C. Nonquantitative Treatment Limitations

Plans impose a variety of limits affecting the scope or duration of benefits under the plan that are not expressed numerically. Such nonquantitative provisions are also treatment limitations affecting the scope or duration of benefits under the plan. The following non-exhaustive list of nonquantitative treatment limitations is included in the regulations:

  • Medical management standards limiting or excluding benefits based on medical necessity or medical appropriateness, or based on whether the treatment is experimental or investigative;
  • Formulary design for prescription drugs;
  • Standards for provider admission to participate in a network, including reimbursement rates;
  • Plan methods for determining usual, customary, and reasonable charges;
  • Refusal to pay for higher-cost therapies until it can be shown that a lower-cost therapy is not effective (also known as fail-first policies or step therapy protocols); and
  • Exclusions based on failure to complete a course of treatment.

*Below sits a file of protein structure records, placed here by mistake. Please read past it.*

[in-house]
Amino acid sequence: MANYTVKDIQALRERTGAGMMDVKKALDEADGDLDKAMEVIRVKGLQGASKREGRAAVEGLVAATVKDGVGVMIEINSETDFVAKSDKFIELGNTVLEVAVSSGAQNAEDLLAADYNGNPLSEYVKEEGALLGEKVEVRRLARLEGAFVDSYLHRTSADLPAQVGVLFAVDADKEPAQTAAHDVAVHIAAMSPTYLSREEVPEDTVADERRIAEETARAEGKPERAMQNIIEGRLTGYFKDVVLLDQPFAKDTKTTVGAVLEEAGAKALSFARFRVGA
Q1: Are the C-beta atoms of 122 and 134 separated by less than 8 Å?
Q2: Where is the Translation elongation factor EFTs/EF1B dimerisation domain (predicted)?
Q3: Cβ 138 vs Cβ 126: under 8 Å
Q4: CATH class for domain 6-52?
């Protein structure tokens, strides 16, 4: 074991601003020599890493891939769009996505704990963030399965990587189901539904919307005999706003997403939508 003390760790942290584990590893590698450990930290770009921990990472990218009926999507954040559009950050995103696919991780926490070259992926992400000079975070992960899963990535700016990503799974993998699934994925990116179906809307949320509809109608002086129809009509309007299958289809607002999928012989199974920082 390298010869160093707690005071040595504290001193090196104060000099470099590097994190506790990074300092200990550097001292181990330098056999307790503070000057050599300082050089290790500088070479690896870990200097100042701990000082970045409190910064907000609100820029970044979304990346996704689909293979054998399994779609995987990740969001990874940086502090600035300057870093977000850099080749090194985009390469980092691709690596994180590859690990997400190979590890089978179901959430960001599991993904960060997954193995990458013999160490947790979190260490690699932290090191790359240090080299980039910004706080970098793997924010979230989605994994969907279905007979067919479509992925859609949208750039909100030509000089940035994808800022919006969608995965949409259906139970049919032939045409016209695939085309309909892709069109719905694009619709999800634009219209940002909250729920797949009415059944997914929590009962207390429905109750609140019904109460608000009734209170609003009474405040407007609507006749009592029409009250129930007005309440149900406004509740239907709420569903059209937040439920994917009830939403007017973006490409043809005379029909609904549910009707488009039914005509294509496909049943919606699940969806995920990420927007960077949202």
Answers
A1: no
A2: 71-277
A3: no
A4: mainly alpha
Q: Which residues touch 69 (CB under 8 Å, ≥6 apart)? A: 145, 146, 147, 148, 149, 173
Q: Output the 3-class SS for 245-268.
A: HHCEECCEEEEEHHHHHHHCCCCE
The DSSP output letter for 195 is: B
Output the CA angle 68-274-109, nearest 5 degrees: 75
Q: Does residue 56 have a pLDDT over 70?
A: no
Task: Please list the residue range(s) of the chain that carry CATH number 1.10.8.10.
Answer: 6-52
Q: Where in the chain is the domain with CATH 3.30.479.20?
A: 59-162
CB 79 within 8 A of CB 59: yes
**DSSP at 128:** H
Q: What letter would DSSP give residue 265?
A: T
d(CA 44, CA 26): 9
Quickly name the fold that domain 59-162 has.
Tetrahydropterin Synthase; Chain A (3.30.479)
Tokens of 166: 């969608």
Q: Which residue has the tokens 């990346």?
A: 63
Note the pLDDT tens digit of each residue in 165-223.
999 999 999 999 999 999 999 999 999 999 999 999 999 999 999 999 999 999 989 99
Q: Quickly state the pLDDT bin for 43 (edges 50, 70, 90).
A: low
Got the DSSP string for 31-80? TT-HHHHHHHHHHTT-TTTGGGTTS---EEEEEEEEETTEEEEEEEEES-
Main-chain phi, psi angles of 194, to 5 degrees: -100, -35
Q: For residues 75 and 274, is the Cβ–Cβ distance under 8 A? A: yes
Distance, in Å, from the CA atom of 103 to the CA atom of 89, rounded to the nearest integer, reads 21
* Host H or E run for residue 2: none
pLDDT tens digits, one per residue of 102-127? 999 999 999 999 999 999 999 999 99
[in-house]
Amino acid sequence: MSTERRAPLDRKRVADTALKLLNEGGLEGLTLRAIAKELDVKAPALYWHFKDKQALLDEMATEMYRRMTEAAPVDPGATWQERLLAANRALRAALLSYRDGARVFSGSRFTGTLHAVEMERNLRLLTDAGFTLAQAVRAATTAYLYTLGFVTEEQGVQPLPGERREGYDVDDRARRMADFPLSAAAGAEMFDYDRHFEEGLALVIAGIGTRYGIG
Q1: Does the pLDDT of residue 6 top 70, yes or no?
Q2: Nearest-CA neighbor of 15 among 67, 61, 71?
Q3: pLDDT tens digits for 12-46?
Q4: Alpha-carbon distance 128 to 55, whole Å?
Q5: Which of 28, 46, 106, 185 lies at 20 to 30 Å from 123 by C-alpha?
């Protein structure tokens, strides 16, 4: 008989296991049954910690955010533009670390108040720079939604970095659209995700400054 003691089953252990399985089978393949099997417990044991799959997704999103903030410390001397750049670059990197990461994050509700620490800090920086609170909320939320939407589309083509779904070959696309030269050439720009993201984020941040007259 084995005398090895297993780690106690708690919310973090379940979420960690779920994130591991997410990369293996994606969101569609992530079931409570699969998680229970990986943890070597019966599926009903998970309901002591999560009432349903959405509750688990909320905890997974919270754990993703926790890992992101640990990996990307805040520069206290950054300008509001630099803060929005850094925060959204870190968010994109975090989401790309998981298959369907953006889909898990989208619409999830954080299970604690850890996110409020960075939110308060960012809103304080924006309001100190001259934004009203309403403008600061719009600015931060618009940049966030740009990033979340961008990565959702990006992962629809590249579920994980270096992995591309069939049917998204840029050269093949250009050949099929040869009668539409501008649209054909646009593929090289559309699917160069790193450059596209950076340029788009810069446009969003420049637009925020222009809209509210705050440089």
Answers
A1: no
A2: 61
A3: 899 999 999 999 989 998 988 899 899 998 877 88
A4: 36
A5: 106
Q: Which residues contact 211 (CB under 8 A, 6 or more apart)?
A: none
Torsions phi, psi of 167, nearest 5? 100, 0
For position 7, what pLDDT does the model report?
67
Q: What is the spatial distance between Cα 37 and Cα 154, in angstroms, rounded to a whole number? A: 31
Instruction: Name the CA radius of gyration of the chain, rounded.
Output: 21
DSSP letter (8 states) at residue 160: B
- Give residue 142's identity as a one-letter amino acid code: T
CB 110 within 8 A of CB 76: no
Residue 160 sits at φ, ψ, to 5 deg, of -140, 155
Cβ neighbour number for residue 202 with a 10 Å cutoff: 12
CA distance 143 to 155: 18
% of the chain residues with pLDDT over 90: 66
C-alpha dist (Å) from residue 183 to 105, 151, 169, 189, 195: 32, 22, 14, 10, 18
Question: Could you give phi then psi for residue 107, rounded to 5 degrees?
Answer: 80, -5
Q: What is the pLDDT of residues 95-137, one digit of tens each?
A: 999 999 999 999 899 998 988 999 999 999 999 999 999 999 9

The regulations generally prohibit the imposition of any nonquantitative treatment limitation to mental health or substance use disorder benefits unless certain requirements are met. Any processes, strategies, evidentiary standards, or other factors used in applying the nonquantitative treatment limitation to mental health or substance use disorder benefits in a classification must be comparable to, and applied no more stringently than, the processes, strategies, evidentiary standards, or other factors used in applying the limitation with respect to medical surgical/benefits in the classification. However, the requirements allow variations to the extent that recognized clinically appropriate standards of care may permit a difference. The requirements apply to the terms of the plan both as written and in operation.